Why we need to caption
Screenworks are improving our accessibility. Part of this process is that we will require all new audio-visual published works to include captions.
According to hearing advocacy organisations (Australian Network on Disability and Hearing Link), one in six people are affected by hearing loss in the UK and Australia. In Australia there are around 30,000 Australians who are deaf, in the UK that is closer to 900,000.
Associate Editor Catherine Gough-Brady spoke to Deaf right’s activist, Alice Ewing, about her experience of using captions.
Alice Ewing is Deaf with a capital D. She is deaf rather than ‘hearing impaired’ because her hearing loss is “profound”. For Alice, the capital D indicates that she associates “with Deaf culture as well as being deaf.”
Alice needs access to captions to be able to watch a film:
“At the immediate point of cognition that there are no captions I feel panicky and isolated, and completely excluded. This morphs into feeling disrespected, ignored, and discriminated against. It is so hard for me to keep up with my peers, in all senses of social inclusion; workplace, friends, family and educational settings.”
Some of the videos on Screenworks do not use the spoken word as part of the filmmaking. So, I asked Alice if non-verbal captions are important:
“Where there is no visual indication as to what is happening, it is essential.… Description (detailed) of songs (including words), music (type, timbre, mood, etc) add a HUGE aspect to audio-visual content, which may otherwise come across as monochrome.”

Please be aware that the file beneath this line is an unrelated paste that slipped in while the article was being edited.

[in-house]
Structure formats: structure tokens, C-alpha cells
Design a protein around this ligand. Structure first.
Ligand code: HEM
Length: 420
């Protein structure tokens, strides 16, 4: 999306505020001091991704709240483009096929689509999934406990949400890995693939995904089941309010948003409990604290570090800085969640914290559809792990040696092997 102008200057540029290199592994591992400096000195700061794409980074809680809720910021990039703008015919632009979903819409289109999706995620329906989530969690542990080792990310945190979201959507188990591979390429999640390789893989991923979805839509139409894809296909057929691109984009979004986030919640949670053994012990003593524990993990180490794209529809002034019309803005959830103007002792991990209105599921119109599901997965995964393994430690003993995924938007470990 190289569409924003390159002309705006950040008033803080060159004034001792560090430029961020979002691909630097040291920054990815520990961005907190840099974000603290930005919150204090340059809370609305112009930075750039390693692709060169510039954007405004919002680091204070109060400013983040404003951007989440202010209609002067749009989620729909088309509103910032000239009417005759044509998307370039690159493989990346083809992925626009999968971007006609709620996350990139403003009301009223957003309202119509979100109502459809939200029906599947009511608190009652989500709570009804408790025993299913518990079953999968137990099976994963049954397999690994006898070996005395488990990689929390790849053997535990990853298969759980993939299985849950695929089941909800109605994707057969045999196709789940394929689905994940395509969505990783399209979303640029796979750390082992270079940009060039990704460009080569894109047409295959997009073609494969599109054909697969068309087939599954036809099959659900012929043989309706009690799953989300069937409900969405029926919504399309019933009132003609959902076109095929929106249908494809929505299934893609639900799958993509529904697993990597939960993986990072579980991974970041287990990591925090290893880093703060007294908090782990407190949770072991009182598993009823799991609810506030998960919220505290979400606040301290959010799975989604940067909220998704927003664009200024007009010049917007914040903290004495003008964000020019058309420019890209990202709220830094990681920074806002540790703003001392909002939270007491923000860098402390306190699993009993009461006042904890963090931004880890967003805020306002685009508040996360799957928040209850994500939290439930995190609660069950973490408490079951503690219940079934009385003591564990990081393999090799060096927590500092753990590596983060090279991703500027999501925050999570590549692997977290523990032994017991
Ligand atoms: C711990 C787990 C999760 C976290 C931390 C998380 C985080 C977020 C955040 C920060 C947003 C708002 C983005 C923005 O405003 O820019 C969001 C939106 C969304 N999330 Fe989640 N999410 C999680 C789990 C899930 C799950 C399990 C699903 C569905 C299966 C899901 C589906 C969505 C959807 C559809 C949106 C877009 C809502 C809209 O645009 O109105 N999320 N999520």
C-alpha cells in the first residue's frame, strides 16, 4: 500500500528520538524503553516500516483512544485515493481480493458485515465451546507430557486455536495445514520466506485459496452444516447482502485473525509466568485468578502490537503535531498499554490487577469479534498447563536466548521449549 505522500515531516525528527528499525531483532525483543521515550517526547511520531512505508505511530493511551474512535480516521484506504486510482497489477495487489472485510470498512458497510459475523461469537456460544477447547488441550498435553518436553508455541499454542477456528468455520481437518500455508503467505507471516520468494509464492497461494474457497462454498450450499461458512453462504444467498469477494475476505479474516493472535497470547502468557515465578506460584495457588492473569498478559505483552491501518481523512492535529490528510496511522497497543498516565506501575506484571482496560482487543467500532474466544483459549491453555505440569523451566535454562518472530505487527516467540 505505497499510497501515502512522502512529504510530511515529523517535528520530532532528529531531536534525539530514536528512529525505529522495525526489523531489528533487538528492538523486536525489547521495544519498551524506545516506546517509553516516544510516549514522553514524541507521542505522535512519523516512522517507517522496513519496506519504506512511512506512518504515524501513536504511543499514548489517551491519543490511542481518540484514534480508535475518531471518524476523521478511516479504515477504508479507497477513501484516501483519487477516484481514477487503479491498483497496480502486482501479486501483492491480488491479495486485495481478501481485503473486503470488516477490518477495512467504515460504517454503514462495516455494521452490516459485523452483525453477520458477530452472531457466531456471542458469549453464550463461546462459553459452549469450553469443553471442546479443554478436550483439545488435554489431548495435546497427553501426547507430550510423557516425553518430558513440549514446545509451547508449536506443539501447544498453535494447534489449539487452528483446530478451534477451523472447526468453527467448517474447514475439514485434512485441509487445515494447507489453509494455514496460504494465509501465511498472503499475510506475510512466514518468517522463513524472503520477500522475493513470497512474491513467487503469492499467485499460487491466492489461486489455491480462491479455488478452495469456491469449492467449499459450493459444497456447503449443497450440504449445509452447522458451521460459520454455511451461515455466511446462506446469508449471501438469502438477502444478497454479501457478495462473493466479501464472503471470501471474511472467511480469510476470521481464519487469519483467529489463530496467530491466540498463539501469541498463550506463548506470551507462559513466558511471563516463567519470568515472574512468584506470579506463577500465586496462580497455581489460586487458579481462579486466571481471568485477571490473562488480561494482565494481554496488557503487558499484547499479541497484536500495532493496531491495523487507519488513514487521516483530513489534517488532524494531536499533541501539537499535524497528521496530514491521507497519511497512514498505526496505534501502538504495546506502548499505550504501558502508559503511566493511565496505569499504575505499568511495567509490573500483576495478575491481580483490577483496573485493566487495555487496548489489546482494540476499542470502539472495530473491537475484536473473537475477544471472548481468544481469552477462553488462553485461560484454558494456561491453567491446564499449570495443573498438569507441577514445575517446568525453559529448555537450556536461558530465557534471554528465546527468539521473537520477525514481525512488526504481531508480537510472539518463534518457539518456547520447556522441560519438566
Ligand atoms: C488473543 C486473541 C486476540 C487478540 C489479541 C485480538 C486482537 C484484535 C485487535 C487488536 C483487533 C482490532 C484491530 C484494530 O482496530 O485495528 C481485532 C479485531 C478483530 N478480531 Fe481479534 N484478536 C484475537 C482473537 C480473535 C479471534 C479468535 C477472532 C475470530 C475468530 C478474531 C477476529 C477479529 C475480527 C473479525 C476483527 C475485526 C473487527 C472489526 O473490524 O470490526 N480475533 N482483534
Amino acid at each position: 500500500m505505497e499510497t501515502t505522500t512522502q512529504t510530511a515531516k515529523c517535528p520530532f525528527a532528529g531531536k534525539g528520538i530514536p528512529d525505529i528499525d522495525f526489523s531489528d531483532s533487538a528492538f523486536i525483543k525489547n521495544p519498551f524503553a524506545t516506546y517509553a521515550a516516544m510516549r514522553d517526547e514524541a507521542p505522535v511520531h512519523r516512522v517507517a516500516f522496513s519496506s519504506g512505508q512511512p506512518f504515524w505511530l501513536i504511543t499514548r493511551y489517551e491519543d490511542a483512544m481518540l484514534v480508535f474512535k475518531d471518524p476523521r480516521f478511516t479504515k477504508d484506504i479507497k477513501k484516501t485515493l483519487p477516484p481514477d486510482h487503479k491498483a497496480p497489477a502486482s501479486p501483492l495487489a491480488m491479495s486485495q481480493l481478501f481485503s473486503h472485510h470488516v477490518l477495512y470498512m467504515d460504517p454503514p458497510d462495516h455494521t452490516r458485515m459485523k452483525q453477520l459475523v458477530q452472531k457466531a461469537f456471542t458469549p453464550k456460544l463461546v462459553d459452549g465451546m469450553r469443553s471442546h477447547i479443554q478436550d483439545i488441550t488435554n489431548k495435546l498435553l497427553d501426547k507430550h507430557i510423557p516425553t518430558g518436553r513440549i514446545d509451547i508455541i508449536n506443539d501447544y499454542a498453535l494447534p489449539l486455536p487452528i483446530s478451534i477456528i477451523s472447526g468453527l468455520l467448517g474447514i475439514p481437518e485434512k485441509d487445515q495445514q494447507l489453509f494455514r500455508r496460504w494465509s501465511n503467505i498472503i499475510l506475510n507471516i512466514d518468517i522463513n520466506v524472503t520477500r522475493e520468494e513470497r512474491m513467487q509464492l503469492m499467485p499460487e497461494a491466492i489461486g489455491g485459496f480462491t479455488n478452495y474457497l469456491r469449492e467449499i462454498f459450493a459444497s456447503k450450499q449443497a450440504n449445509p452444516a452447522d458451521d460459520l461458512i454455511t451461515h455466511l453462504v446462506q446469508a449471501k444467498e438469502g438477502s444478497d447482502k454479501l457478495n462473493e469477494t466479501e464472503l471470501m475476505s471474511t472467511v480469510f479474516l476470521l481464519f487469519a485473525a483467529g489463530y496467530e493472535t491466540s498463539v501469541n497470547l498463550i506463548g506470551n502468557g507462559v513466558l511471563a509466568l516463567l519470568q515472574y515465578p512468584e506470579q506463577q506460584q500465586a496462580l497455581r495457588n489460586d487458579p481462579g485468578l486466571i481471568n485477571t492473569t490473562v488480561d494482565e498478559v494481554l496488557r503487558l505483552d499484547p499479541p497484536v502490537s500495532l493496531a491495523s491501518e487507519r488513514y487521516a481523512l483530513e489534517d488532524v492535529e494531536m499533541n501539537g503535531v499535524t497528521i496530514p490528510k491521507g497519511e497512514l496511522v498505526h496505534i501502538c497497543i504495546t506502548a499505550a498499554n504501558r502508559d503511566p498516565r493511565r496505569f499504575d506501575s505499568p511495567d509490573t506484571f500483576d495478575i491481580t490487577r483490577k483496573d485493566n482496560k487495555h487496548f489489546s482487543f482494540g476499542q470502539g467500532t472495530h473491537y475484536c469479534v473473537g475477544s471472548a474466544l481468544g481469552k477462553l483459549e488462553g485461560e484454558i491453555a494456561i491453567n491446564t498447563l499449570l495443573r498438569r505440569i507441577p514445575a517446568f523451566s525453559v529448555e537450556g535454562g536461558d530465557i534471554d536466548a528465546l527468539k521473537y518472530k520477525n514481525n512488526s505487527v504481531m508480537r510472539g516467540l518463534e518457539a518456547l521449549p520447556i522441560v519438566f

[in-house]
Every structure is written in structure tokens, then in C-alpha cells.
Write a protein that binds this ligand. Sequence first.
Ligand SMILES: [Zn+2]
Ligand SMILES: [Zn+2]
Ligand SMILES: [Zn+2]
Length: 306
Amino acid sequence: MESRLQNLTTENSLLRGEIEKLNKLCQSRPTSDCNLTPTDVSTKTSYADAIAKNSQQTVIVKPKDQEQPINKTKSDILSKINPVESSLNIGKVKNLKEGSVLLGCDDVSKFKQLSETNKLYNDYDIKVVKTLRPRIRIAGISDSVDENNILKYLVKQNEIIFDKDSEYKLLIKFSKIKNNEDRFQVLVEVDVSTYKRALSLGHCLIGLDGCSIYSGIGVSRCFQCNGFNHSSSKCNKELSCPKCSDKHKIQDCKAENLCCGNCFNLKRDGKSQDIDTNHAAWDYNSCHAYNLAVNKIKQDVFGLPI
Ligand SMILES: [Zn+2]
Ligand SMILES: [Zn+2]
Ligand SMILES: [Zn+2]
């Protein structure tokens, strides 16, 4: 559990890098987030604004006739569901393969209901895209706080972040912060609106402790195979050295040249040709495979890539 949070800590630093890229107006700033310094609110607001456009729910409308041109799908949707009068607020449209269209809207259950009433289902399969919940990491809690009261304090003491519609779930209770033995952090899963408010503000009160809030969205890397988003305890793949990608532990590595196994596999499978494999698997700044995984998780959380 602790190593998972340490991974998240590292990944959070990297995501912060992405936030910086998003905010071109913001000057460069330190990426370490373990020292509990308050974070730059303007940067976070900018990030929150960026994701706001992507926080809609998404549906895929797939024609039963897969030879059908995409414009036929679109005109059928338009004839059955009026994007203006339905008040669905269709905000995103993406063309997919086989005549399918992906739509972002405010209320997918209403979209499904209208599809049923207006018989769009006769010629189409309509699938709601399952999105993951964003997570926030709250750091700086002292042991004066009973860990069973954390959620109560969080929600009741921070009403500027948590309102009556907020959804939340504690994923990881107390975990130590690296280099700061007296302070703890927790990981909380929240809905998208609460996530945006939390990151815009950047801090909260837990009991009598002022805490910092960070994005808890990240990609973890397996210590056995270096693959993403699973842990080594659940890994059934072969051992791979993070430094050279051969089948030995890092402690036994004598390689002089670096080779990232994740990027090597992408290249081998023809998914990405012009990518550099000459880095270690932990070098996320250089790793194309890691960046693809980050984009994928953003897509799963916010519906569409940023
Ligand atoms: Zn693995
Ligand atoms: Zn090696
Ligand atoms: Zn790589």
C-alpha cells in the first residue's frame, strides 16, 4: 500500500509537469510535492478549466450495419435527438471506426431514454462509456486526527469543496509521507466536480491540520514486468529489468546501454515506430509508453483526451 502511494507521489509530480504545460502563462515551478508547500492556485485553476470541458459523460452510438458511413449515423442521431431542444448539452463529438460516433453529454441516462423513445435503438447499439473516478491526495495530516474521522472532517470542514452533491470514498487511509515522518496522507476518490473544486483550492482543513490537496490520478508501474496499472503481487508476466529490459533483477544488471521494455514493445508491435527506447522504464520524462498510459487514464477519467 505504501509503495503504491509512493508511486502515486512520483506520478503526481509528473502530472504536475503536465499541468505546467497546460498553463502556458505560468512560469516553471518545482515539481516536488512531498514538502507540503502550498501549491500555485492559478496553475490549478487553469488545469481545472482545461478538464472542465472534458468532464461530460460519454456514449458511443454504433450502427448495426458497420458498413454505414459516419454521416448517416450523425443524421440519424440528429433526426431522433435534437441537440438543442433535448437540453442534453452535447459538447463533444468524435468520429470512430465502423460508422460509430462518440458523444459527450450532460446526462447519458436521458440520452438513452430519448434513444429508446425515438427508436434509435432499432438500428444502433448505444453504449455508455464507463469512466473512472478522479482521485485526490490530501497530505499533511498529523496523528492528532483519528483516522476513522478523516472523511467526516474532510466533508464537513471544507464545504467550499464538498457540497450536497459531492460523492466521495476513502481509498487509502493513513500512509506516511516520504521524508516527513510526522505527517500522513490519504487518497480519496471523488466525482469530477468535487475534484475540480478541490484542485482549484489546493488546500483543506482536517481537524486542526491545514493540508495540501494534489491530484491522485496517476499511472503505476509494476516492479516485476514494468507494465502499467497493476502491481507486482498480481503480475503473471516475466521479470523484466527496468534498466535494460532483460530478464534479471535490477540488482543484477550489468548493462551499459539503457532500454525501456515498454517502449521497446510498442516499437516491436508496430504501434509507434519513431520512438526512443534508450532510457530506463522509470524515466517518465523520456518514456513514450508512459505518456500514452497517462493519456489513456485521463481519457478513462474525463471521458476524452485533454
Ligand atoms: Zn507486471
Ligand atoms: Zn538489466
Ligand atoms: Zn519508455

It is interesting to note that Alice uses the non-verbal captions to help her to “anticipate what may happen next”.
Alice spoke about the difficulty of identifying speakers in a scene, as she cannot rely upon hearing the voice timbre to know which character spoke:
CATHERINE: Alice, what would help solve this problem?
ALICE: Having captions aligned to either side of a screen, in relation to the side of the speaker, or a different colour for different speakers… to have the caption text introduced with the name of speaker/character.
Alice loves “a rich tapestry of words” and accordingly she prefers the captions to reflect what is said, rather than provide a condensed version. She feels that she is quicker at reading captions than the average hearing person, and so the timing rules of subtitles do not need to apply. She would prefer the full text, even if it might seem to run too quickly. She finds that the caption is best if it slightly leads the speaker, as she reads the caption then looks at the visuals.
Alice hopes that her insight helps you understand a bit more about the type of captions you can add to your audio-visual works.
Image credit: Sy Taffel, Still from Automating Creativity (2019)